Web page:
from the 211b-baker-street dept
It's always funny when people accuse demonstrators and protestors of "wanting" to cause a controversy or "knowing" they would get a bad reaction — because of course that's the case. There's not much point speaking out about anodyne, agreeable topics — demonstration is about starting a serious conversation, and serious conversations tend to get heated. When one commenter accused a California student, who was banned from handing out copies of the Constitution, of putting on a "staged" stunt that he knew would get shut down, DCX2 won most insightful comment of the week by explaining why that doesn't matter, and in fact was kind of the point:
So what if it was staged? That doesn't change anything.
The First Amendment does not say Freedom of Speech requires you to register ahead of time.
Of course, these days, a campus spat is like a vacation from the ongoing constitutional crisis of government surveillance. This week, when the DOJ openly told a reporter they were, to put it bluntly, fucking with him, John Fenderson won second place on the insightful side by giving backhanded credit where backhanded credit is due:
They are being more transparent!
After all, they're not even trying to hide their thuggishness or their complete disdain for the American people anymore.
I'm curious what the DOJ's definition of "unbiased reporting" is. I suspect it means "reporting only what we tell you to report".
For editor's choice on the insightful side, we start with a comment from MikeH, who picked up on a telling choice of words in Verizon's mockery of companies that pushed back against the NSA:
My favorite bit:
"I appreciate that the consumer-centric IT firms..." So by converse, Verizon is not consumer-centric. Explains so much of my interaction with this company.
And to close out the insightful side, we head over to our post about the ongoing battle over insight-and-deduction icon Sherlock Holmes. One commenter, who has made his dismissal of virtually all modern culture very clear in the past, accused creators who re-imagine old works of being "hacks" who "taint" the "source". In response, S. T. Stone provided a good breakdown of why such reuse is integral to culture:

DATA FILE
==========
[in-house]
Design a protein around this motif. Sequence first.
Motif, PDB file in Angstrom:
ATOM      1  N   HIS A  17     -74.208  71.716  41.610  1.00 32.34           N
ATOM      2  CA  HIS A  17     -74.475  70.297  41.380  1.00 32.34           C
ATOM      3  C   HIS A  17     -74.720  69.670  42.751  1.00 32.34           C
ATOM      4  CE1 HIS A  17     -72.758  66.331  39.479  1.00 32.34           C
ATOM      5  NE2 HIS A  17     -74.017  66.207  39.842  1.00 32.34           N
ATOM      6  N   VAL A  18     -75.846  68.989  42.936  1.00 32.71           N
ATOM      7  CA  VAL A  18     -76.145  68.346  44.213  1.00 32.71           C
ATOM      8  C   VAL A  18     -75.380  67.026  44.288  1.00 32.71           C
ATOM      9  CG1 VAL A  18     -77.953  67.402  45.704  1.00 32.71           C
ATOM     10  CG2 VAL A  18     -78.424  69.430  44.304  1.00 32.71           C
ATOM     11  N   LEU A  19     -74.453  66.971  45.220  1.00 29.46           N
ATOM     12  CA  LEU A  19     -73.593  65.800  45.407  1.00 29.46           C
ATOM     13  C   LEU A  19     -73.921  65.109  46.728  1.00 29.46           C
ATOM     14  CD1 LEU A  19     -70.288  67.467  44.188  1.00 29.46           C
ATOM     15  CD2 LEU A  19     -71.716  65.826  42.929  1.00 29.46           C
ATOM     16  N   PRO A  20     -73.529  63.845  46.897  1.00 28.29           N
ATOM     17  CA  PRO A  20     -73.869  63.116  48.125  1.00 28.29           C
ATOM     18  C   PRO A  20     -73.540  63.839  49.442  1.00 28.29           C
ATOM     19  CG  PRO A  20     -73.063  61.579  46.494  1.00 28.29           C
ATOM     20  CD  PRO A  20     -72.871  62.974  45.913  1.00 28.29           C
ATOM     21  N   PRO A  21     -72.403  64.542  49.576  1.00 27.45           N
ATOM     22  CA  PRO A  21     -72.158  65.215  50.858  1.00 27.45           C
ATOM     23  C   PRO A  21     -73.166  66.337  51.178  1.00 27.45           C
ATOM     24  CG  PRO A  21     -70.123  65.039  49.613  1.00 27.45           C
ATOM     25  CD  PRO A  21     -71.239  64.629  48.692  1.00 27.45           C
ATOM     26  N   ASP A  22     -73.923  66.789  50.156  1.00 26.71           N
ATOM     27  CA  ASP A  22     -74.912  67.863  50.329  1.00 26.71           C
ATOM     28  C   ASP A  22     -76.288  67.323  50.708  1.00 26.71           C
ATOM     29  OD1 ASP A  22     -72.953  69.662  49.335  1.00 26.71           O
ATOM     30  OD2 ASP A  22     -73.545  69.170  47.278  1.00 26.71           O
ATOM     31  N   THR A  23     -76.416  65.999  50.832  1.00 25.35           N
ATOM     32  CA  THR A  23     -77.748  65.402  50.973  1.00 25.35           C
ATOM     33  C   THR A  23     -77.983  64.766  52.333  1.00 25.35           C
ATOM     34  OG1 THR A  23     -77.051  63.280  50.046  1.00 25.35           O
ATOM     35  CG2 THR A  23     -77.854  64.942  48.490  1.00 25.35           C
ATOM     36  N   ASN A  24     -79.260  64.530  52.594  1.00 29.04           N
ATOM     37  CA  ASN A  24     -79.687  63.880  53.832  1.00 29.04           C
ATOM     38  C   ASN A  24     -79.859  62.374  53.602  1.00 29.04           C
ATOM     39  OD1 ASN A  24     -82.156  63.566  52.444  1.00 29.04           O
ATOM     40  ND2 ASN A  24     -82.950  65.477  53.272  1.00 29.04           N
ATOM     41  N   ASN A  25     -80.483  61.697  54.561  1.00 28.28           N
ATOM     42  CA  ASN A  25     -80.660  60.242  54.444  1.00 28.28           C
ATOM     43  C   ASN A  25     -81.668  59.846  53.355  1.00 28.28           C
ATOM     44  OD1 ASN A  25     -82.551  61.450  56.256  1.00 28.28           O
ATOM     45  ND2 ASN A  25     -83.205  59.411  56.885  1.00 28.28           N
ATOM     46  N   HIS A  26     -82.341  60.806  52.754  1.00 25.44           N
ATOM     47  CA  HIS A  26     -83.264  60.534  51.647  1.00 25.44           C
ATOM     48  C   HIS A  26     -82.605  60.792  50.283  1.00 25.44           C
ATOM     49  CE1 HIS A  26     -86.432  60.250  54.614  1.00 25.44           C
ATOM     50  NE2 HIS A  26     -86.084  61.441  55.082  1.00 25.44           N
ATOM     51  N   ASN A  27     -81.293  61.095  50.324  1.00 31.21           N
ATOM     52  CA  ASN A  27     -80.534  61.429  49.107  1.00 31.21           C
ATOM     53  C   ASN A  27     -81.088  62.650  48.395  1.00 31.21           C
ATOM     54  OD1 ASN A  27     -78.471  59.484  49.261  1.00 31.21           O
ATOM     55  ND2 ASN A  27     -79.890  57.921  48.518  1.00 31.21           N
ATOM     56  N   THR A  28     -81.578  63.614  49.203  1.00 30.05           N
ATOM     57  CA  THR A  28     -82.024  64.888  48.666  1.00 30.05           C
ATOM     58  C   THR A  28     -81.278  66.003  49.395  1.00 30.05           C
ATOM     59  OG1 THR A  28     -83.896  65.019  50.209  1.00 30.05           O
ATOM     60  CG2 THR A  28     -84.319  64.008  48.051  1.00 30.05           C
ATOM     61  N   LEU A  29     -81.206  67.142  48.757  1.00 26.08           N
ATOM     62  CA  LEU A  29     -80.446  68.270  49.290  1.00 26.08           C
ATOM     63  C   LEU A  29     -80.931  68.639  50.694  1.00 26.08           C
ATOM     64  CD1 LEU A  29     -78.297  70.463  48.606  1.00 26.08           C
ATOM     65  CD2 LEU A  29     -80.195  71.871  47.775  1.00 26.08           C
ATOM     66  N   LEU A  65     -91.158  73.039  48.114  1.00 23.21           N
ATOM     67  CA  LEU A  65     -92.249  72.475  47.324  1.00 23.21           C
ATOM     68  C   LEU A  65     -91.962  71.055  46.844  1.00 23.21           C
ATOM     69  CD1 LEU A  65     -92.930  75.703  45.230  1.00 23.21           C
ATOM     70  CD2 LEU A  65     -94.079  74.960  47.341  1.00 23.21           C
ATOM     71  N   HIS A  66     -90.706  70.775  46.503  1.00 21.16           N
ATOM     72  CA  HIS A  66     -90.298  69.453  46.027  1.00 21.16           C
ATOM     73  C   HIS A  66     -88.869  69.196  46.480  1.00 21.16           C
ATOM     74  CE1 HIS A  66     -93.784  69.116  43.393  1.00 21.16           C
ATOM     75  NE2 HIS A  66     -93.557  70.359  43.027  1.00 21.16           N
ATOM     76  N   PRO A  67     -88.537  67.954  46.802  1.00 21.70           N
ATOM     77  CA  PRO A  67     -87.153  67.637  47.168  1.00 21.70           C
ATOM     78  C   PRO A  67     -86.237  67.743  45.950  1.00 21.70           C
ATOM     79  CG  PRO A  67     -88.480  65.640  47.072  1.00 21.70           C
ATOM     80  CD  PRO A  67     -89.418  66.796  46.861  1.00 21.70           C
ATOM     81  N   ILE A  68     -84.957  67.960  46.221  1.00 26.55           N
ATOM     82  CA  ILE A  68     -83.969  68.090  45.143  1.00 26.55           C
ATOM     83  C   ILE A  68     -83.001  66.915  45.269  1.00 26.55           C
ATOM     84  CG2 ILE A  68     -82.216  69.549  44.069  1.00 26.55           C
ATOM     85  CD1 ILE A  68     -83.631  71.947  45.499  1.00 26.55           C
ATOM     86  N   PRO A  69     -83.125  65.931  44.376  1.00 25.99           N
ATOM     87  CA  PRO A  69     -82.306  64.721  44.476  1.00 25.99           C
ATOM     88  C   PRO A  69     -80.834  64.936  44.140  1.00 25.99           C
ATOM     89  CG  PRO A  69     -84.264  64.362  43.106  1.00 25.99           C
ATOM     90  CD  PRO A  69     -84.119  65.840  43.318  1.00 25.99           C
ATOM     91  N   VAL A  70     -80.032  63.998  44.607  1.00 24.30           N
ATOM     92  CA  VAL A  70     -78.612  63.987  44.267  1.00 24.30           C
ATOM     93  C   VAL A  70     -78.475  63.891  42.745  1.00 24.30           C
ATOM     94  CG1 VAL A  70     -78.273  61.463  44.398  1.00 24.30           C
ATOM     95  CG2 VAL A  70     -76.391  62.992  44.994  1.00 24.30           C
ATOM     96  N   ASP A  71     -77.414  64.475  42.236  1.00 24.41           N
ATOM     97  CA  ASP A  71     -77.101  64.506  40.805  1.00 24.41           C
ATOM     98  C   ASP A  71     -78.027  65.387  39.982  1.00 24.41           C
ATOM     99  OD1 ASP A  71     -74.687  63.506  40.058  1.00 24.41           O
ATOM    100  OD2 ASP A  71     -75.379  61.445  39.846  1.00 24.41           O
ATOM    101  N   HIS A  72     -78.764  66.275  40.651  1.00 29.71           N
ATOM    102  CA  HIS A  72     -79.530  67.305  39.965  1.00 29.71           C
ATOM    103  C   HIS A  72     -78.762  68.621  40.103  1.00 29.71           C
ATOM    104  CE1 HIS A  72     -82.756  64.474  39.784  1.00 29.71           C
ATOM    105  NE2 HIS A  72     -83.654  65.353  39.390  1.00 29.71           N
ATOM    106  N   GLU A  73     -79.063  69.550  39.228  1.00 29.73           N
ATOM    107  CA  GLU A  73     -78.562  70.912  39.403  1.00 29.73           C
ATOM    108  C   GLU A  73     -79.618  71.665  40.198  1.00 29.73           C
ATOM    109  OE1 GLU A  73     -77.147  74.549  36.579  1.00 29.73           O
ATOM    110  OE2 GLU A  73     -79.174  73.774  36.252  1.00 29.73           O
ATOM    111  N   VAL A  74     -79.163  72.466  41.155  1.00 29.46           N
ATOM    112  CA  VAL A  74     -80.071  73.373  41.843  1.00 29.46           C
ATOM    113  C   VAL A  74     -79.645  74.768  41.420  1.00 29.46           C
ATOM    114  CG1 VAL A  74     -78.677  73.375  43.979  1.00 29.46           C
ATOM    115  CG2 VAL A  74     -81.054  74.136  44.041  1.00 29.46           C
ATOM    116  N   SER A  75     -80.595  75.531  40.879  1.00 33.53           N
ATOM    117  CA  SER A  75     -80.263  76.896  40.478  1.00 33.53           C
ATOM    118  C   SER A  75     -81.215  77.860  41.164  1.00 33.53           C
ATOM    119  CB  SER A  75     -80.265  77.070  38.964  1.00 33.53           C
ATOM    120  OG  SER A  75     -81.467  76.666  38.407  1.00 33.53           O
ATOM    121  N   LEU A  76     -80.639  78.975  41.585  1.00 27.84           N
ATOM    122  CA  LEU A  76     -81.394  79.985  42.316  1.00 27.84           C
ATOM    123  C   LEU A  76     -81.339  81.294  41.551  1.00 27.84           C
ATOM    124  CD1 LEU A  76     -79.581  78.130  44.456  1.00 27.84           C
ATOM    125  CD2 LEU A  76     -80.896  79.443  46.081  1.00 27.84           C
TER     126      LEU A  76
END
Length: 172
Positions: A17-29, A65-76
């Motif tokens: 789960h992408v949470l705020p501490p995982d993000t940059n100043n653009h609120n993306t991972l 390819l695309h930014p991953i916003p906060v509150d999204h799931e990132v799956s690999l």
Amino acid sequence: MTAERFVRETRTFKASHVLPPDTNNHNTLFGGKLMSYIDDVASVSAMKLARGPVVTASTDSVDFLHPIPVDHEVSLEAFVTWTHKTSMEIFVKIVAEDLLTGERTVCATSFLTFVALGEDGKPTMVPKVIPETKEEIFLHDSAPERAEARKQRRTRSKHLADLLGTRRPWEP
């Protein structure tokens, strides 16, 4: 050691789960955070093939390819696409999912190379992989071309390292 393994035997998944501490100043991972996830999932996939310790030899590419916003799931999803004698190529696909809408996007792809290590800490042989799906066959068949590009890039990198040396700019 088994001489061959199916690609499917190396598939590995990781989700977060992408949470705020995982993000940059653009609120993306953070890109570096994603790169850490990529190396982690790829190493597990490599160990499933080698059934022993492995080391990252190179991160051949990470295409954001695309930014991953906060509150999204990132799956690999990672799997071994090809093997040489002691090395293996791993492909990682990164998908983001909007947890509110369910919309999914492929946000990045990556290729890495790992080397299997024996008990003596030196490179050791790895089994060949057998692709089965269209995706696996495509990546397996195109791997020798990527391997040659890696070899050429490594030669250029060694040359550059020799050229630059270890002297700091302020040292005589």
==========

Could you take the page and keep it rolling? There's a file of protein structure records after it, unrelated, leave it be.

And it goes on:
Because that’s how culture works. We take the characteristics of a good story, character, film, song, etc. and work them into our own works, either directly or indirectly and in pieces or in whole. Fifty Shades of Grey started off as a Twilight fanfiction. Practically every modern zombie movie is spun off of the original Night of the Living Dead. We appropriate old culture and transform it into new culture in one way or another. If we had perpetual copyright, culture couldn't grow because culture would require people to create 100% original works every time they set pen to paper or strummed a guitar or picked up a camera.
Locking up culture behind a wall of control presents the most dangerous threat to culture. Copyright strangles culture. It denies us the right to grow culture and improve culture and create new culture.
That you oppose the public domain (the best resource for anyone looking to grow and create new culture) says more about how much you respect how artists work and create than anything.
As it happens, that same post is the source of our top two funniest comments of the week. In first place we've got Michael, who knew just the man to tackle the case of the immortal copyright:
If only there were a man that had such amazing deductive reasoning that he could unwind any mystery through logic. Then, we could have him examine this situation and determine if it makes any sense to continue to have these works remain locked up.
In fact, the story of that happening could make a great book! Someone should write about this character. He should have some kind of side-kick too.
And in second place, we've got another response to the aforementioned anti-culture commenter, this time coming from Colin and leaning on good old fashioned sarcasm:
I know, I hate that too! I hear a cover and them I'm all, "Shit, now that there's a cover I can't listen to the original anymore! It's been poisoned or whatever!" The fact that I can't enjoy the original because it's been completely overwritten by the new thing is awful.
For editor's choice on the funny side, we start with an anonymous commenter who could revolutionize digital information laws with his method of returning an email:
This is easy to do, just send the email back, delete your own copy, then delete the information from your brain by repeatedly banging your head against the wall.
Sometimes you just need to use your head...
And finally, we've got Trails, extrapolating from the NSA's comments about terrorists favoring Gmail:
I heard that oxygen was the preferred inhalant of terrorists. In fact, vast swathes of terrorists use oxygen directly to further bomb making, grainy video production, and training others in bomb making.
That's all for this week, folks!